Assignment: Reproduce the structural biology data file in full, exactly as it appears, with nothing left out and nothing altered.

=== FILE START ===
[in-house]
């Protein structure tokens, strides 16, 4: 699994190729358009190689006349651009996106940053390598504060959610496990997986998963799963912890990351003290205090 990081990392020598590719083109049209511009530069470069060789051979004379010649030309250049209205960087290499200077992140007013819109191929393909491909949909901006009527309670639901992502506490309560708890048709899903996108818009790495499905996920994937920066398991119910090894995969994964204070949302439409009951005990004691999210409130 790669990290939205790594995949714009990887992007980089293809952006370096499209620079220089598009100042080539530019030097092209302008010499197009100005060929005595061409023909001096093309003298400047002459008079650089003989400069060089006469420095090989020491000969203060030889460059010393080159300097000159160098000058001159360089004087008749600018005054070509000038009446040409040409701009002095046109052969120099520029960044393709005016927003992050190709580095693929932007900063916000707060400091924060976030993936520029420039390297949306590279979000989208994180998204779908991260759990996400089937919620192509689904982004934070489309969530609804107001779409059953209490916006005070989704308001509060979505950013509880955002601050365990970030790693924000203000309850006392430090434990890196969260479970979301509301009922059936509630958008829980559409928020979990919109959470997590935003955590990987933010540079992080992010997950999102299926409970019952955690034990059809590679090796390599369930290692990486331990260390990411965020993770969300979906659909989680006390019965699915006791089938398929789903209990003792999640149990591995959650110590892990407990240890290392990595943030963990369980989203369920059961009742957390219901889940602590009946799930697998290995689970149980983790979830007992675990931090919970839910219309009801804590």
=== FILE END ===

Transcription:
[in-house]
């Protein structure tokens, strides 16, 4: 699994190729358009190689006349651009996106940053390598504060959610496990997986998963799963912890990351003290205090 990081990392020598590719083109049209511009530069470069060789051979004379010649030309250049209205960087290499200077992140007013819109191929393909491909949909901006009527309670639901992502506490309560708890048709899903996108818009790495499905996920994937920066398991119910090894995969994964204070949302439409009951005990004691999210409130 790669990290939205790594995949714009990887992007980089293809952006370096499209620079220089598009100042080539530019030097092209302008010499197009100005060929005595061409023909001096093309003298400047002459008079650089003989400069060089006469420095090989020491000969203060030889460059010393080159300097000159160098000058001159360089004087008749600018005054070509000038009446040409040409701009002095046109052969120099520029960044393709005016927003992050190709580095693929932007900063916000707060400091924060976030993936520029420039390297949306590279979000989208994180998204779908991260759990996400089937919620192509689904982004934070489309969530609804107001779409059953209490916006005070989704308001509060979505950013509880955002601050365990970030790693924000203000309850006392430090434990890196969260479970979301509301009922059936509630958008829980559409928020979990919109959470997590935003955590990987933010540079992080992010997950999102299926409970019952955690034990059809590679090796390599369930290692990486331990260390990411965020993770969300979906659909989680006390019965699915006791089938398929789903209990003792999640149990591995959650110590892990407990240890290392990595943030963990369980989203369920059961009742957390219901889940602590009946799930697998290995689970149980983790979830007992675990931090919970839910219309009801804590």